Chicago is famous for jazz and blues. Growing up, I had a handful of songs that were my go-to but they were all pop hits. I relied on the local radio station top ten countdown and was often glued to the TV so I didn’t miss a Joey McIntyre and NKOTB appearance. You would have never caught me listening to an Oldies or Blues radio station. But that was then. I eventually became intrigued by the Blues scene here in Chicago, especially over the last five years.
Thousands of tourists visit the city to get a taste of the Chicago blues — and explore the history of the sound that had such a significant influence on early rock music. Here's what makes it so special.
A Brief Bluesy History
As documented by Choose Chicago, Chicago Blues developed during the Great Migration, when African American workers migrated in droves from Mississippi, Alabama and Louisiana to seek industrial jobs in Chicago. This new wave of residents included many gifted musicians who used electric guitars and amplifiers to build on the energy and rhythm of the Delta blues. This uniquely Chicago style grew rapidly, transcending the street corner to become a staple of the city's nightlife scene. Today, blues music is as much a part of the Chicago landscape as deep dish pizza and the Wrigley Field bleachers.
Jazz Up Your Bluesy Bucket List
Few cities can lay claim to the Jazz and Blues scene like Chicago can. Even now, in 2018, the Blues and Jazz bars are usually packed to the brim, with lines out the door. Often the crowds include new generations who are discovering that even the pop and country music that they like is influenced by these two genres.
If experiencing a live music “supper club” is on your bucket list for the next time you’re in Chicago, look no further than these spots, sure to jazz up your night:
2548 N Halstead St. | (773) 544-5442
This wouldn’t be a true bucket list if I didn’t start with my favorite, Kingston Mines. With two stages, this retro bar has been popular with locals for the past 50 years. Almost anyone I talk about Blues music with has mentioned this spot for a super fun night out. Located in the popular Lincoln Park neighborhood, Kingston Mines is the largest and oldest continuously operated blues clubs in the Chicago area. The live entertainment is worth the trip alone, and there's also a full dinner menu offered daily, featuring delicious southern-style fare.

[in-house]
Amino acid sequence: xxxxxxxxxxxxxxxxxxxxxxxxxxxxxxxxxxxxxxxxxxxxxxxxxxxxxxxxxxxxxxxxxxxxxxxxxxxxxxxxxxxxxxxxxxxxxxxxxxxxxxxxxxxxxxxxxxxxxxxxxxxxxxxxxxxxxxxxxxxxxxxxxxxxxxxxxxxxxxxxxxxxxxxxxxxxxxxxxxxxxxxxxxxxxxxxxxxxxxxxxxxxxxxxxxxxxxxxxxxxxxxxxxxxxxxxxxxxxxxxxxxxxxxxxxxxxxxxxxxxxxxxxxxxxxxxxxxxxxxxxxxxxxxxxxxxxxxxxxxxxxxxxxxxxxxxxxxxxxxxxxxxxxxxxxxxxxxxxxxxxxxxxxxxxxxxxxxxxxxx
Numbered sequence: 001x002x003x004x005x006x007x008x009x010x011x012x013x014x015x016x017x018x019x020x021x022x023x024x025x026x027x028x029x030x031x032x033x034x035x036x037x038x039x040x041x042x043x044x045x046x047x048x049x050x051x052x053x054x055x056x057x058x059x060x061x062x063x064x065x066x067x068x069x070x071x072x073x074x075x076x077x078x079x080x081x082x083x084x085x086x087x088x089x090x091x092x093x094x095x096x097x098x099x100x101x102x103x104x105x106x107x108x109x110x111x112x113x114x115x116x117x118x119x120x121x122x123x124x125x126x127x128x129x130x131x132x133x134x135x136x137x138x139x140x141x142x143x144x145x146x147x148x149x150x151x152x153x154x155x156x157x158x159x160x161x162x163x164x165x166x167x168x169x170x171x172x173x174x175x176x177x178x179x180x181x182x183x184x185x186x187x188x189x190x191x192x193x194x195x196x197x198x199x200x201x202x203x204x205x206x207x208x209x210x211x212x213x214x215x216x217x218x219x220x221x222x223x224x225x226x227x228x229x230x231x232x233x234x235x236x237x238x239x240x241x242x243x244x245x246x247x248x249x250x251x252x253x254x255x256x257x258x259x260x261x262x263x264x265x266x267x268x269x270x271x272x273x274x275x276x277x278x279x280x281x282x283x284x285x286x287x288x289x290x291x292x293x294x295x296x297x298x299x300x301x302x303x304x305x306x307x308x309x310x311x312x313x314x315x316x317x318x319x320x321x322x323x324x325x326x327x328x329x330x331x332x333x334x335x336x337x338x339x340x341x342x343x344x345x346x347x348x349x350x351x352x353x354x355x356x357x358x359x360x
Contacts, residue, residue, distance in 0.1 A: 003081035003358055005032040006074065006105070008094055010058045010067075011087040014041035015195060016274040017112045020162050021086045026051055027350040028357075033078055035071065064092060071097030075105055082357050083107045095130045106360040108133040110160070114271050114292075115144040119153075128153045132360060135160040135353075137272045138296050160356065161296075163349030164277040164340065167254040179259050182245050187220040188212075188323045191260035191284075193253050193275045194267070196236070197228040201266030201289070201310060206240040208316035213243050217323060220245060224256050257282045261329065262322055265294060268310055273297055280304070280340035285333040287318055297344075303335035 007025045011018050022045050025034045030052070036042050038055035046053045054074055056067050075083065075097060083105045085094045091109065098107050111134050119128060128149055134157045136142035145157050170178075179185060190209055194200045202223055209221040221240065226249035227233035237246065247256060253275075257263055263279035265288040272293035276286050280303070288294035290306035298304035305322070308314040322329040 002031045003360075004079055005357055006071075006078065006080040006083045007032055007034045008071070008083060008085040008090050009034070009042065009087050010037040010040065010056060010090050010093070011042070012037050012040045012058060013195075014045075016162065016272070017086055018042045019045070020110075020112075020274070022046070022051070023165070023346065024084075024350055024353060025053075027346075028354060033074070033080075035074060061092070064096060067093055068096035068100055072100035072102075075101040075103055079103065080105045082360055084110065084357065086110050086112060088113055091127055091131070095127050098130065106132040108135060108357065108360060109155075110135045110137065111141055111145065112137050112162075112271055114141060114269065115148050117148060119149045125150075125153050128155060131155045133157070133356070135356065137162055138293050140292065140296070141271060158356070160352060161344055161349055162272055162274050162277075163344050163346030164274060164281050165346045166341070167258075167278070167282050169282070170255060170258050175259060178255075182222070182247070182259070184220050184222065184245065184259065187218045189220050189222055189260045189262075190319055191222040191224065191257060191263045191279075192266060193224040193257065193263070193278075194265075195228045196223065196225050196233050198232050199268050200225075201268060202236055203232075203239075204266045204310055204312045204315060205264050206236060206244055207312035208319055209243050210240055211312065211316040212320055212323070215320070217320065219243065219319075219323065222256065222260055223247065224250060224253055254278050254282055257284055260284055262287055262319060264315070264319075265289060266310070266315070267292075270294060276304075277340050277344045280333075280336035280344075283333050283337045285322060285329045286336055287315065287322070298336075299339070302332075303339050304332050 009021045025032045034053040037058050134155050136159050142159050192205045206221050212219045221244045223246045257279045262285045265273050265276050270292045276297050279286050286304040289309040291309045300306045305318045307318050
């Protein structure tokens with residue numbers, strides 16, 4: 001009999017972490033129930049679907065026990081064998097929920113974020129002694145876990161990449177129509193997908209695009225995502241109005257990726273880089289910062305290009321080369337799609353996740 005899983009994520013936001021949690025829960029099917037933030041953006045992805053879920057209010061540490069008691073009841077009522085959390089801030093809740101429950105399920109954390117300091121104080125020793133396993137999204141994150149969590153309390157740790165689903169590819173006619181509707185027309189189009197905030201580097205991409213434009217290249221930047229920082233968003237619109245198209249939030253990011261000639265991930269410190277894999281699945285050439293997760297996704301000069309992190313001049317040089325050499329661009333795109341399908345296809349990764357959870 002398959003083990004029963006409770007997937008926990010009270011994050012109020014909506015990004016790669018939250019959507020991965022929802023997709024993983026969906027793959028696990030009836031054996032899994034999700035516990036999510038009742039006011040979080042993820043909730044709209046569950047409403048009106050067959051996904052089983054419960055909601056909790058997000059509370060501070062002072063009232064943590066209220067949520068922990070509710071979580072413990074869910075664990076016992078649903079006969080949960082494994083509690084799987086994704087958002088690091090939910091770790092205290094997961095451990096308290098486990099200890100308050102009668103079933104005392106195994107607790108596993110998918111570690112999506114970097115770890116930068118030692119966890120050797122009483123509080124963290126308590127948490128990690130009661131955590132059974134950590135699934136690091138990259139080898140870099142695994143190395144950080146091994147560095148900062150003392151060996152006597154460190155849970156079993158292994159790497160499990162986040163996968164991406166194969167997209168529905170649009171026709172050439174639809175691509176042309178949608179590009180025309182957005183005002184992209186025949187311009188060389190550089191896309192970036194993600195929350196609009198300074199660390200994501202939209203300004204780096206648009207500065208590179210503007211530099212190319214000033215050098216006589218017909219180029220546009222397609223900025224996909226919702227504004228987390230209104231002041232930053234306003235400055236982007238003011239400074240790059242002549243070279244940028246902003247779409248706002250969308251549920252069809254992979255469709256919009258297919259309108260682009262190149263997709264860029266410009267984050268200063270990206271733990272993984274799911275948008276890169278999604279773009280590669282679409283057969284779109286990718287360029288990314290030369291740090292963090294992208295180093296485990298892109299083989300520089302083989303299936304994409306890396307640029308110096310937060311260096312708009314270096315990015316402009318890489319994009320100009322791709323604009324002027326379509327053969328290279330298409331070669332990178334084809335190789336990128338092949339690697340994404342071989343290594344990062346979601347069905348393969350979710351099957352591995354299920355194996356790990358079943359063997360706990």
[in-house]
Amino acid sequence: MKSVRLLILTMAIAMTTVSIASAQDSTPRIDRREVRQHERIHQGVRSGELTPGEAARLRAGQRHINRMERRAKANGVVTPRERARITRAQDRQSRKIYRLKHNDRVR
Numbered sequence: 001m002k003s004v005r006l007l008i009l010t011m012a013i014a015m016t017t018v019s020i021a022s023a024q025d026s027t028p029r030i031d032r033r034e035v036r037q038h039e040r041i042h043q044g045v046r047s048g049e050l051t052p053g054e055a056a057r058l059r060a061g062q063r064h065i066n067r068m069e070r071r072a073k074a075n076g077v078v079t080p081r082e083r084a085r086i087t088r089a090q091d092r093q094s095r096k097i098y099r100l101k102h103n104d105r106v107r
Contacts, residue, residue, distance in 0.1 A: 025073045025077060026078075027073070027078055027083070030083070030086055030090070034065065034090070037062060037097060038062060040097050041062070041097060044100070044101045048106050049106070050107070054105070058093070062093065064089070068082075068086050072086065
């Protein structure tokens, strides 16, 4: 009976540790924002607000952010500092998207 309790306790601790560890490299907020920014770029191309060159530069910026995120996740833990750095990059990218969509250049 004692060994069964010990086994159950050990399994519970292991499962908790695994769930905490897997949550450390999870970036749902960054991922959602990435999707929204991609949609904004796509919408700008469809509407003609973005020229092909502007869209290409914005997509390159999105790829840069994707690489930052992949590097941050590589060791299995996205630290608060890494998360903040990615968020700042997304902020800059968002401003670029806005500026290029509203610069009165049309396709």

THE DETAILS: Live music 7 days a week. All ages. Tickets sold online and at the door. Reservations accepted. Admission $6–15. Open until 4:00 AM (5:00 AM Saturdays).
INSIDER TIP: Complimentary admission (plus two guests) to anyone working in the hospitality industry (with proof of employment).
700 S. Wabash St. | (312) 427-1190
Buddy Guy, the Rock and Roll Hall of Famer and legend in his own right, owns this cultural landmark in Chicago’s West Loop. Now 82 years young, Buddy Guy's music and vibrant stage personality has influenced some of the most popular and talented musicians the world has known, like Jimi Hendrix, Eric Clapton and Stevie Ray Vaughan. After settling down roots here in Chicago back in 1957, it was only natural for Buddy to take his passion to the next level and open Legends in 1989.